AFM231 Chapter Notes - Chapter 21: Substance Abuse, Disability Insurance, Fiduciary

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Chapter 21: Terminating the Employment
Relationship
Ending the Relationship
Can come to end…
- Employee resigns or leaves at the end of fixed-term employment contract
- When employer summarily dismisses, or fires employee
- Employer gives notice of termination
- Employer acts in manner that employment relationship becomes untenable
It is implied that termination can be given without notice if there is “just cause”  can be override
by collective or individual employment contracts; also subject to exceptions to teachers, police
officers, firefighters, etc.
Also implied that an employer may terminate employment contract by giving reasonable notice
of termination. – No requirement of cause – override by employment contract; provincial and
federal employment standards legislation provides for notice periods and procedures on
dismissal – this sets the minimum.
Dismissals for Just Cause
Just Cause: employee conduct that amounts to a fundamental breach of employment contract
Exists when employee found guilty of one or more of following:
1) Serious misconduct
2) Habitual neglect of duty
3) Incompetence
4) Conduct incompatible with duties or prejudicial to employer’s business
5) Willful disobedience in a matter of substance
Typically very difficult to prove.
Serious Misconduct
Intentional, harmful conduct of the employee that permits the employer to dismiss without
notice.
- Cumulative effect must be such that there is a serious impact on the employment
relationship
- Employer has duty to warn employee and give an opportunity to improve
-Progressive discipline policy: a system that follows a sequence of employee discipline
from less to more severe punishment
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oEmployer applies discipline for relatively minor infractions on a progressive basis
oLast step, dismissal
oOral or written warnings
- Single act of misconduct can justify dismissal if sufficiently serious
oNature and context of any dishonesty must be considered – dishonesty in itself
isn’t good enough
- What constitutes serious misconduct may be affected by workplace policies
-Condonation: employer behaviour that indicates to the employee that misconduct is
being overlooked
- If condonation is established then difficult to argue just cause for termination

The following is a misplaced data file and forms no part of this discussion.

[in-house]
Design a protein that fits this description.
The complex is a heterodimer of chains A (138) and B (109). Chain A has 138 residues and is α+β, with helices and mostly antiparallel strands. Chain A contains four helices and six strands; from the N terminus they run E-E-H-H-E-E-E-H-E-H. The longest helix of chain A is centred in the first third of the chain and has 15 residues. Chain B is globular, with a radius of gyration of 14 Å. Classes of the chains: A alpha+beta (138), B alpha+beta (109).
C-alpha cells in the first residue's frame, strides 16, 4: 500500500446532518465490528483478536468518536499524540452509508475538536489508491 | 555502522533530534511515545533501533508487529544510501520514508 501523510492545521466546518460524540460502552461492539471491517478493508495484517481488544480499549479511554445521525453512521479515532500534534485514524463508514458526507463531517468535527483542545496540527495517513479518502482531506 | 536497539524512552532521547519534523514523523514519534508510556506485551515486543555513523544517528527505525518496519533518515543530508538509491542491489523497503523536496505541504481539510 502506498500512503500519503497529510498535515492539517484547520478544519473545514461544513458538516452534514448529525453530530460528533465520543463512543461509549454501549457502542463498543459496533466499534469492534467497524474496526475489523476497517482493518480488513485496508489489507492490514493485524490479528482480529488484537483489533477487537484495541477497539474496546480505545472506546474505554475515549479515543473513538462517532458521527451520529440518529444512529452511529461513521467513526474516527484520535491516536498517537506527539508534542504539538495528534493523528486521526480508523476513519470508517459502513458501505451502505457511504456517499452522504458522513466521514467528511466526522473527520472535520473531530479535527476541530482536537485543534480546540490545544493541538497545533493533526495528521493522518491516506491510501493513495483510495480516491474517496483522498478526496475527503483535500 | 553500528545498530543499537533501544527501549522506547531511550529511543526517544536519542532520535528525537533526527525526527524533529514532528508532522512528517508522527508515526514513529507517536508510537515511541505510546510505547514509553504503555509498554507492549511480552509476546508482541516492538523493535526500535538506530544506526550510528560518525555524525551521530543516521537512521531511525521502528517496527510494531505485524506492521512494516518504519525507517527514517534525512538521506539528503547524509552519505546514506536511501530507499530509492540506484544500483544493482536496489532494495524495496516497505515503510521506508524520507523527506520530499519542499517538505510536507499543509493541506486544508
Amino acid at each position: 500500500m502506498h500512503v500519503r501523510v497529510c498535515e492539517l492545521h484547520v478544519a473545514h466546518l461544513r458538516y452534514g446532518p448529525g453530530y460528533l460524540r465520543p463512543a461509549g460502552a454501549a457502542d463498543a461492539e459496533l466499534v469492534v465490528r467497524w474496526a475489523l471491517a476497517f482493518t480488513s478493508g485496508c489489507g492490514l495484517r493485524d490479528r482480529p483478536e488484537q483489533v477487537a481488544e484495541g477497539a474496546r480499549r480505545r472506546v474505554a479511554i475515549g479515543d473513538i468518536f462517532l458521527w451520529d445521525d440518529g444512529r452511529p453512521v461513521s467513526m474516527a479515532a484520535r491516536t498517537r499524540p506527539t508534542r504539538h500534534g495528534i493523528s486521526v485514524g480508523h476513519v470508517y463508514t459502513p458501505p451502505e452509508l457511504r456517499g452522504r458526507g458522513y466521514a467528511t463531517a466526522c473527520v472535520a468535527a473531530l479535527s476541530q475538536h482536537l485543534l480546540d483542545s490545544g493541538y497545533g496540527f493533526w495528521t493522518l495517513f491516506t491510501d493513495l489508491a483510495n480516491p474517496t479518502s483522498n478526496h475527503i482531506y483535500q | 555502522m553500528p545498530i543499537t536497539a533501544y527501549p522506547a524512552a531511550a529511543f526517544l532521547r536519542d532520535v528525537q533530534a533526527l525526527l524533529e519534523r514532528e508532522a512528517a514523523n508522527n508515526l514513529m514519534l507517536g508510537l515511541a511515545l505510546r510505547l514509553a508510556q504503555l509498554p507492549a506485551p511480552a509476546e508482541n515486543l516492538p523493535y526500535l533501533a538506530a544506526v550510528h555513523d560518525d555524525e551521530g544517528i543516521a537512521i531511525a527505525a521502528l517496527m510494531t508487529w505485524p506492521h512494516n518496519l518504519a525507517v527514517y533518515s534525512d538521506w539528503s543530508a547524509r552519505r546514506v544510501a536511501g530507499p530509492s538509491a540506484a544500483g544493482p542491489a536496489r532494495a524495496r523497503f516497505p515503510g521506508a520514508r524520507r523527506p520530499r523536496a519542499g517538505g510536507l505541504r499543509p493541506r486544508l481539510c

- Condonation occurs only if the employer is fully aware of the wrongful behaviour
Habitual Neglect of Duty
Persistent failure to perform employment duties.
- Absenteeism must be without employer’s permission or authorization and be more than
an occasional absence
- Important whether warnings were issued, any excuse for absence, and whether the
absence occurred at a critical time for the employer
- Difficult to establish lateness than absenteeism – court will consider whether employee
had a valid excuse, there were warnings concerning lateness, and whether the time was
ever made up
Incompetence
Lack of ability, knowledge, or qualification to perform employment obligations.
- Employer must be more than merely dissatisfied with an employee’s work
- There must be actual incompetence
- Substandard level of performance must be apparent after giving warning and opportunity
to improve
- Employer must establish fair and reasonable performance standards against which to
measure performance
- Employee can say: inadequate training, insufficient volume of business, inexperience,
and condonation of performance problems
Conduct Incompatible
Personal behaviour that is irreconcilable with employment duties or prejudicial to the employer’s
business.
- Example: accepting lavish and inappropriate gifts from clients
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- Conduct isn’t limited to on the job – can be outside
- Conflict of interest would also count
Willful Disobedience
Deliberate failure to carry out lawful and reasonable orders.
- Single act unless serious won’t constitute dismissal
- Serious like not attending an impt meeting or refusing to follow important safety rules
- Employer expects employee to carry out orders without extended debate and with
respect
- Employer justifies termination to those who fail to meet standards depending on
oEmployee was provoked
oEmployee was upset
oWas a moment of temporary anger
Other Causes
- Harassment
- Disruption of corporate culture
- Consumption of alcohol or drugs in workplace
- Drug abuse
Each situation needs to be analyzed on its facts and examined in relation to whether
- Conduct was a single act
- Conduct was condoned in some manner
- Employee had a disability
- Employee had been warned about conduct and the consequences of failure to improve
Non-cause and Near Cause
- If not just cause, employer has to give notice or pay in lieu of notice
- Period of notice will either be term agreed upon in employment contract, period specified
in employment standards legislation, or reasonable notice (period of time for an
employee to find alternative employment prior to dismissal)
o“reasonable” – based on age, length of service, availability of employment, and
status of employee
- Based on Dowling v Halifax – engineer should have been entitled 24 months got docked
to 6 months of notice because of inappropriate conduct – court didn’t allow any
justification because of near cause
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